Often, I declared out with ill contempt “Only weak men believe whatever comes their way. They stronger ones choose what to believe in”. And I was in the latter side.
But upon the next two or three weeks, an event occurred, which spanned from the 3rd of July, 2005 to 6th of September, which I now post this mail to the Chief Judge of Appeal court. A baffled event which I now share with my readers, influenced my earlier declaration.
A visitor might wander around the south-side of Mamako, along Lagos-Oshodi axis. Where the ill-fated ones of life lived in clustered slums, whose rusty rooftops displayed gold color at daylight and laid like brown dead leaves at night when the winds are high.
Amongst this slums, I once lived as a clerk, working at a nearby Appeal court: whose only cases in recent years, have been that of stolen animals and family disputes. Such an unworthy place to be called a court.
At the slum, from the rusty gate that swung weightless, banging it sides against the sidewalls and displaying an unceremonious inscription of “Ghetto” on it body. At the entrance what greets you are a band of happy but dirty children, whose only aim life is to dance around a burn fire, set up by Mama Biko; the plantain seller. An entrance to an overwhelming but yet sad gathering of many, though poor and underprivileged, but many.
My room was at the tail end of the slum area, which meant I heard and bore witness to several unfriendly discussions and gossips by neighbors sitting at their entrance. Most times, I was a party to their discussions and gossips.
The free and fair government had forgotten about this part of her rule, it convinced me to frown upon whatever came from them. “Give to Caesar what belongs to Caesar”, it seems the government had become their own Caesar, but who was I to decide with my five thousand naira monthly wage?
The pungent surrounding was an eyesore to outsiders, yet a pleasant and conducive one to her tenants, including I as I inserted my key into the wooden keyhole and withdrew for the night. Not minding the stack of thrash littered at my doorstep. Now I must quickly rush over my narrative of the queer event after making you acquainted with the surroundings of where it all happened.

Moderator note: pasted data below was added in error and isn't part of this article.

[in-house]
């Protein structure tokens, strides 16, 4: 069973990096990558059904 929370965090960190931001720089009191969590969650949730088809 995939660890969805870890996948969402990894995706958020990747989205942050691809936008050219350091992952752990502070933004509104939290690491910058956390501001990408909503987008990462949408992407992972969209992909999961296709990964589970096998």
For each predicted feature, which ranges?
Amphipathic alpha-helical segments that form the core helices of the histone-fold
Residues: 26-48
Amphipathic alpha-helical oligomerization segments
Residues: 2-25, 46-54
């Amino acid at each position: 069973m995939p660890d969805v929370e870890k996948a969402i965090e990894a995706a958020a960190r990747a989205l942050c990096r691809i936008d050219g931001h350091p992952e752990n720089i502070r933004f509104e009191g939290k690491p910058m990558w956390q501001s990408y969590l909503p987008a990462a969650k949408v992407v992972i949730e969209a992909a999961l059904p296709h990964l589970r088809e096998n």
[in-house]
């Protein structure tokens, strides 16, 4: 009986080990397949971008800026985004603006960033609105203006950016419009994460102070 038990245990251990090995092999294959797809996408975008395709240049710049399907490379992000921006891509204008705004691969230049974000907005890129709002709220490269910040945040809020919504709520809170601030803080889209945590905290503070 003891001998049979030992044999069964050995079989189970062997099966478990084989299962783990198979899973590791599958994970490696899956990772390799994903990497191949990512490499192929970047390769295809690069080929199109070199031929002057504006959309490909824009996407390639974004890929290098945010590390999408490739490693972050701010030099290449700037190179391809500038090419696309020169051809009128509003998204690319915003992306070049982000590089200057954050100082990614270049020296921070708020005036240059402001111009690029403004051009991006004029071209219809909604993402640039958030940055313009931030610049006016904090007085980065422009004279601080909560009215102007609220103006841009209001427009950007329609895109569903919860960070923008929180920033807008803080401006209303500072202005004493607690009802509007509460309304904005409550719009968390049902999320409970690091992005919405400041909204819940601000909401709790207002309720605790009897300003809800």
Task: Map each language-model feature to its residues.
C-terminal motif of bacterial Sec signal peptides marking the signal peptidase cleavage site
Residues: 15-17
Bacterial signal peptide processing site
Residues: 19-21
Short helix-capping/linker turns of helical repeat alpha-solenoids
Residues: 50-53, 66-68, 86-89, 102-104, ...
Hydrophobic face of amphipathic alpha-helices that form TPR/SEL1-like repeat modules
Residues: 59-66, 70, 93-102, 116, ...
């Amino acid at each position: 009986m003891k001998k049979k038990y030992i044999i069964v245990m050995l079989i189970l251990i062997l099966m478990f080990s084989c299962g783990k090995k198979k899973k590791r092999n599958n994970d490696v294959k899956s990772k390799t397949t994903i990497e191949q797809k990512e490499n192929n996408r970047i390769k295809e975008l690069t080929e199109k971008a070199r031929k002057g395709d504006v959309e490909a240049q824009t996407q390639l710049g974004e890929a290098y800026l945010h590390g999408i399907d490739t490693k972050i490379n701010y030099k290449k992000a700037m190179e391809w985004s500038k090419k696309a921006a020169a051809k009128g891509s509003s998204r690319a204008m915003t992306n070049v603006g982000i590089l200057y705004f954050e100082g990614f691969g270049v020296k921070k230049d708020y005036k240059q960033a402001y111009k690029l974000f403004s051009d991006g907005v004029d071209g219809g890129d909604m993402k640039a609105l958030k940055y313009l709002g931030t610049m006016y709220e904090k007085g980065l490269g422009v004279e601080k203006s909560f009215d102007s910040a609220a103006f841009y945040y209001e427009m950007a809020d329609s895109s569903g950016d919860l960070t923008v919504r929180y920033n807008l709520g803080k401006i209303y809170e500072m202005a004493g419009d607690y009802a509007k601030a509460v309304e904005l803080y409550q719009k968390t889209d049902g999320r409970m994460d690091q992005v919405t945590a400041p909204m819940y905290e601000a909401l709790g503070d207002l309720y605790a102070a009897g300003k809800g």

“No Ifeajuna, no! Do not shoot!” Those screams had greeted me earlier the next morning. Again. Over the past two weeks it had become my involuntarily alarm clock. It had been my next room neighbor. Only the muddy walls separated our room. Each night was not complete without his screams and cries. First, it was “Nzeogwu”, now it`s “Ifeajuna”. Names every enlightened Nigerian must have grown acquainted with, in the course of Nigeria`s history.
Oben my neighbor! Oben the screamer! Oben the tall con-artist, Oben! Oben! Only the warmth of my darkroom had kept me from shouting out too! My flashlight came to life, it rays illuminating the clock`s fading figures. It had been past six; and past six meant I had an untrusted one hour to be prepared for work. I owe that to Oben, I was never late for work.
The countless tales, the mysteries about my next room neighbor, Oben, were not told by him, but by fellow neighbors. Most times they would gather like a pack of murmuring geese, and only dismissed when Oben approached.
Since my tall, broad neighbor moved in, the previous month, we had never incited any friendly conversation.
“John we need to talk”
Oben had announced the moment I had trotted towards my room. I had just returned from the day`s work and the sun was fast disappearing. Oben stood gauntly at his threshold like Goliath had just been woken and I was to be the unlucky David. His white loin shone brightly in the evening`s dim light
I had tried my best to sound less interested, but I must admit, I was interested. My interest was an avalanche of curiosity. Having to speak with the popular Oben for the first time. How did he know my name?
“About everything, my screams, my nightmares and about Nigeria”.
He oscillated his pupils and fiddled with ivory buttons on his loin. Perhaps one of his tricks, and I was not ready to give in.
He moved a step closer to me, his dark face coming to full glow. The long tribal marks that ran on his left cheek and disappeared into his collar bone was scary, but I stood my ground.